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Keep Your Dog Safe from Chemical Poisons

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Tags: Allergies, Health Problems, Health, Vaccinations, Skin Conditions, Medical, Chemical Sensitivity

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It's not just toddlers that can get into your drain cleaner or antifreeze. Curious pets also frequently come into contact with dangerous chemicals. In fact, Animal Control Poison Centers around the globe log in hundreds of thousands of calls each year from worried pet owners whose animals have been accidentally exposed to household poisons.

Among the most frequent causes of poisoning in dogs are such items as human medications, insecticides and rodenticides. Obviously the latter two are direct poisons, designed to kill household pests, and in a dog they usually cause bleeding, seizures, kidney damage and death. Even flea and tick medicines designed specifically for dogs can occasionally cause problems if the animal proves to be allergic and/or the instructions are not followed exactly.

It's particularly dangerous when dogs get into or are given human medications, such as painkillers, cold medicines, antidepressants and dietary supplements. It's never a good idea to give your dog an aspirin, acetaminophen or ibuprofen tablet that's designed for human beings. Further, all of these medicines should be stored in a secure cabinet out of the dog's reach.

Even medications designed for your pet still can cause a problem, if the dog is allergic, if the dosage is wrong for the dog's size and weight, or the medication is not administered properly. Common offenders include non-steroidal anti-inflammatory drugs (NSAIDs), antibiotics, dewormers, heartworm prevention preparations, nutritional supplements and vaccines. Many of these products are designed only for certain species (either dogs or cats, but not both, for example). Most also are prescribed and administered based on the dog's weight, which makes following the exact dosage instructions critical.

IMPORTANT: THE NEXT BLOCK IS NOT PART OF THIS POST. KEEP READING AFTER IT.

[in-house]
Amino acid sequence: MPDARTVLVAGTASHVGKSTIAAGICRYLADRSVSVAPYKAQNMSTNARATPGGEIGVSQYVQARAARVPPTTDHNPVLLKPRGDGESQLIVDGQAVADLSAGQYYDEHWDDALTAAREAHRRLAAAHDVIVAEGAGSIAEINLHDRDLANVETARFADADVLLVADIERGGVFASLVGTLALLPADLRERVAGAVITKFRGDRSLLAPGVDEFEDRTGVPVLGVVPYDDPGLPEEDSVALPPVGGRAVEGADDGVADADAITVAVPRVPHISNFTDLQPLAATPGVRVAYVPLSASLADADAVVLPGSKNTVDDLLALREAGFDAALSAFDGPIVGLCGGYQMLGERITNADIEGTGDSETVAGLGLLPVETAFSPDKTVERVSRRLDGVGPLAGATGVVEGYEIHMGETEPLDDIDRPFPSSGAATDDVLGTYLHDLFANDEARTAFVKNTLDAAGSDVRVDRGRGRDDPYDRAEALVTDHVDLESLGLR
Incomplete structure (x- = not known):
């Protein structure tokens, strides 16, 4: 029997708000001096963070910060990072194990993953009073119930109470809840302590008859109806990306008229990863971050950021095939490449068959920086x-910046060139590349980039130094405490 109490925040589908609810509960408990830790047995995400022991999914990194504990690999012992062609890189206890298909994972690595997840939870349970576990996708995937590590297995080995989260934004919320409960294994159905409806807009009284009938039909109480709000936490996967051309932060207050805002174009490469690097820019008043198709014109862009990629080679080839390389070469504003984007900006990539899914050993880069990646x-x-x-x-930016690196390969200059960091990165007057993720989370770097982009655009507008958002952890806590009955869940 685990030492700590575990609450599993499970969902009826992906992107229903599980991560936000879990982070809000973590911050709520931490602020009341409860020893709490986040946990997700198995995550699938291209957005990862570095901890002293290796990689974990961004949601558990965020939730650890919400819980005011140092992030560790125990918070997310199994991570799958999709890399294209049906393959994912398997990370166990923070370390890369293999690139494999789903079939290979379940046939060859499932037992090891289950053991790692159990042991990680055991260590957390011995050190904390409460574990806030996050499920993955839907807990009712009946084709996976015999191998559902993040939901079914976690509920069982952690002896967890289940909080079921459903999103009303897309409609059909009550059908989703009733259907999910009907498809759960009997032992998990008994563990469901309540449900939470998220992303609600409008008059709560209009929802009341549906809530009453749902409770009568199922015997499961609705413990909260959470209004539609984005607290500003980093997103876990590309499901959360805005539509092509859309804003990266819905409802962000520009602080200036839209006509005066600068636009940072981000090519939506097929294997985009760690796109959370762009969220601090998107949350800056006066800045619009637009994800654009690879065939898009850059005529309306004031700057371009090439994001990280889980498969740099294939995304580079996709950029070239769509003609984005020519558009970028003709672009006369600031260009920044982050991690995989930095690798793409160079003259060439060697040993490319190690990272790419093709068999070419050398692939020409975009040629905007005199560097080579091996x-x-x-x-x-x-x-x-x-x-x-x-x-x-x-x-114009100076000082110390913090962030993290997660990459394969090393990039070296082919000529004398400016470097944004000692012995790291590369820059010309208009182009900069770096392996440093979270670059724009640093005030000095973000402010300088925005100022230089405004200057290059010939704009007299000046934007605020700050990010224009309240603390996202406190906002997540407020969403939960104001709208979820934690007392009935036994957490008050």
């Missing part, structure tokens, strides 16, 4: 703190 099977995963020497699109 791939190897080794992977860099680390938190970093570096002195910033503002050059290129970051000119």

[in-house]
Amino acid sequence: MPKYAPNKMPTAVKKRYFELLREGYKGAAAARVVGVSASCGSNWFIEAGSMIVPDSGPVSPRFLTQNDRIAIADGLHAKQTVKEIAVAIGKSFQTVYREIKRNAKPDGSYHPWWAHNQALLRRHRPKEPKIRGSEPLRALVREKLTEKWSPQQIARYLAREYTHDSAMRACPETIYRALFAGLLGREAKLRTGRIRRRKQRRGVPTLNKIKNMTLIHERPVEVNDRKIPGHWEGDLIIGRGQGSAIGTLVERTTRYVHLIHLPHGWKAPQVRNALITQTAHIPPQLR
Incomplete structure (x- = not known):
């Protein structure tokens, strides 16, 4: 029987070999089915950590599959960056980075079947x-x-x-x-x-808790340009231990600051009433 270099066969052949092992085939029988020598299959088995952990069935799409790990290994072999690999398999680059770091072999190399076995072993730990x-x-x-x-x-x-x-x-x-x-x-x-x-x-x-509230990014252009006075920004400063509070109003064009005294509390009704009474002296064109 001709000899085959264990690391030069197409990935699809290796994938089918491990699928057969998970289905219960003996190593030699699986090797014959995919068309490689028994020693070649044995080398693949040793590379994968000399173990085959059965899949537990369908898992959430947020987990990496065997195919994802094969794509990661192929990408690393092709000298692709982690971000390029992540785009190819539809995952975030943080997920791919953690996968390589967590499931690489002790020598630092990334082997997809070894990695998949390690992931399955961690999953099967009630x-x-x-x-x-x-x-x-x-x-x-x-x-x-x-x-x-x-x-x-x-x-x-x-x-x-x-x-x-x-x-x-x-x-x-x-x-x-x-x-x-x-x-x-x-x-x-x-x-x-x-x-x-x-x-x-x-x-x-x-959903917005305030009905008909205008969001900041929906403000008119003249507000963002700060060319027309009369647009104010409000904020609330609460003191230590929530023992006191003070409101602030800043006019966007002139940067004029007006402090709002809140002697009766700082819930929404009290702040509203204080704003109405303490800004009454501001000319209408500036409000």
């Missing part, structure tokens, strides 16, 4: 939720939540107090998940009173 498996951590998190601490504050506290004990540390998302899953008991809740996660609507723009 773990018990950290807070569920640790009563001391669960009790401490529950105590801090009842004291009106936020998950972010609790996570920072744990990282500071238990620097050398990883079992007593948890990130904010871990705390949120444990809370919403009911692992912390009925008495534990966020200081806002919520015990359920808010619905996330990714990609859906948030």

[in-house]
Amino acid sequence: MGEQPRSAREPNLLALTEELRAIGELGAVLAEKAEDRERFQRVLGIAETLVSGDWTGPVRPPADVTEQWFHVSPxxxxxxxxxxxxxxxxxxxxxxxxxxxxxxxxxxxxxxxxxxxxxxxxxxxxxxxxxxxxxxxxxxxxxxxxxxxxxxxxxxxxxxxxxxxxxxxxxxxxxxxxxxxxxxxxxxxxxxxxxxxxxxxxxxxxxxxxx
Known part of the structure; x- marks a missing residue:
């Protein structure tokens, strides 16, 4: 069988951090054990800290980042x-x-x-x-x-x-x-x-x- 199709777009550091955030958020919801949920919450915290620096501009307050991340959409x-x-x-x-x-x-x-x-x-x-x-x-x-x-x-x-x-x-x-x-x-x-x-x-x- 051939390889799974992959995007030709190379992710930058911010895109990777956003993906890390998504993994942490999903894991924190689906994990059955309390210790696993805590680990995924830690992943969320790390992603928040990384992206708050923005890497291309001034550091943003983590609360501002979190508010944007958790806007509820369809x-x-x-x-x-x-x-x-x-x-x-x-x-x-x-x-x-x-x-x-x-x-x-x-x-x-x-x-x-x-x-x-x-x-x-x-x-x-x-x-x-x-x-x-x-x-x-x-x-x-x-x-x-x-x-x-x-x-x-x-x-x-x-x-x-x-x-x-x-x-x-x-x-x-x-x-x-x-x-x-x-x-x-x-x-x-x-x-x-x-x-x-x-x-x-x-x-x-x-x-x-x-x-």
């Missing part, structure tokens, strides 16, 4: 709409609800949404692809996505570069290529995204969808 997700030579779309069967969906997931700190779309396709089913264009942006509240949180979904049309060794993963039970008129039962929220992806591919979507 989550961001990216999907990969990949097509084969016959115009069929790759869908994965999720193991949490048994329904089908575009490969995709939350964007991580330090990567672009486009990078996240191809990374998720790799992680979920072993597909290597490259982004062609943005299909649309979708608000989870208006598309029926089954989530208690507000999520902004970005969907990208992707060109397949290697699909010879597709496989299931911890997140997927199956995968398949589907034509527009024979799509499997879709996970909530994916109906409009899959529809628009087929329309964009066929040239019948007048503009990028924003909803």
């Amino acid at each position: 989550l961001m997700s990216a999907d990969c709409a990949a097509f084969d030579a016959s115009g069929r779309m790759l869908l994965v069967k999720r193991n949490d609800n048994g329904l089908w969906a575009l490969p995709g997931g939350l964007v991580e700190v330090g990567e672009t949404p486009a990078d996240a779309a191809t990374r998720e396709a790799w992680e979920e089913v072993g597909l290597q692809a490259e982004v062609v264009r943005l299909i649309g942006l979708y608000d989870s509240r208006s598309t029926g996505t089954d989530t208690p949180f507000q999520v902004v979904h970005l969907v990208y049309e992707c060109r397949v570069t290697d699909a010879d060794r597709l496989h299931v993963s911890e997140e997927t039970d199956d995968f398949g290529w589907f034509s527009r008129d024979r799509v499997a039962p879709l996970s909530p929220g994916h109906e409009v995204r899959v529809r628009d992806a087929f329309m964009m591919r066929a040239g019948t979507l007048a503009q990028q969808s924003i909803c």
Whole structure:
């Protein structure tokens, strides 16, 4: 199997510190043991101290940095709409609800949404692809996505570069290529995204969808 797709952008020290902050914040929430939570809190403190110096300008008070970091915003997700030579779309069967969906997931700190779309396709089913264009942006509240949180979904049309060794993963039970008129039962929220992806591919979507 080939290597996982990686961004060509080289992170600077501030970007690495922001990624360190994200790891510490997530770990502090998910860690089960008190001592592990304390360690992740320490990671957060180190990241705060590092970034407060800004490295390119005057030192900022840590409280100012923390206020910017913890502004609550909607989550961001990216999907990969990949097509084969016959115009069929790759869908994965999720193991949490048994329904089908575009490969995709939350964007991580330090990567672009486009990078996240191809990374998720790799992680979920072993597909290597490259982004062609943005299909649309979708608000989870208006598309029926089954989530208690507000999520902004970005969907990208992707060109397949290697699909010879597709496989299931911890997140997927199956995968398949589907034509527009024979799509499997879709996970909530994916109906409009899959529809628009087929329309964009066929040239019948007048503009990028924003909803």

Household cleaners, herbicides and pesticides are the other primary category of chemicals behind most animal poisonings. Sensitive animals may react after walking across a pesticide-laced lawn or getting into an open bottle of cleanser. Household and yard plants also can be a deadly toxin; azaleas, lilies, mistletoe, rhododendrons and scheffleras are particular offenders.

If your dog has been exposed to any harmful chemicals, especially lye, acids or strong cleaning supplies, you need to immediately:

  • Wash the affected area with running water for at least 10 to 15 minutes.

  • If chemicals are in the eye, flush the eye with large amounts of water or saline for at least 15 minutes. Saline solution is preferred, since it is less irritating to eye tissue and raw skin than pure water. You can make your own by quickly dissolving 2 teaspoons of table salt in 1 quart of water, or 9 grams of salt in 1 liter of water.

  • Brush away any dry chemicals, making sure to cover and protect yours and your pet's eyes, nose and mouth.

  • Take the animal to the veterinarian as soon as possible.

  • Just as there are steps you should do to help your animal, there are also steps to avoid. When your animal is exposed to chemicals. Specifically, do NOT:

  • apply any "neutralizing agents" to the dog's skin or eyes. These often cause a chemical reaction that produces heat and can worsen the injury.

  • rinse your pet in a tub or any other stagnant source of water if it has been exposed to dry chemicals. These chemicals are usually activated by water; therefore the rinse water must be flowing (such as from a garden hose) in order to remove the chemicals completely and prevent further damage.

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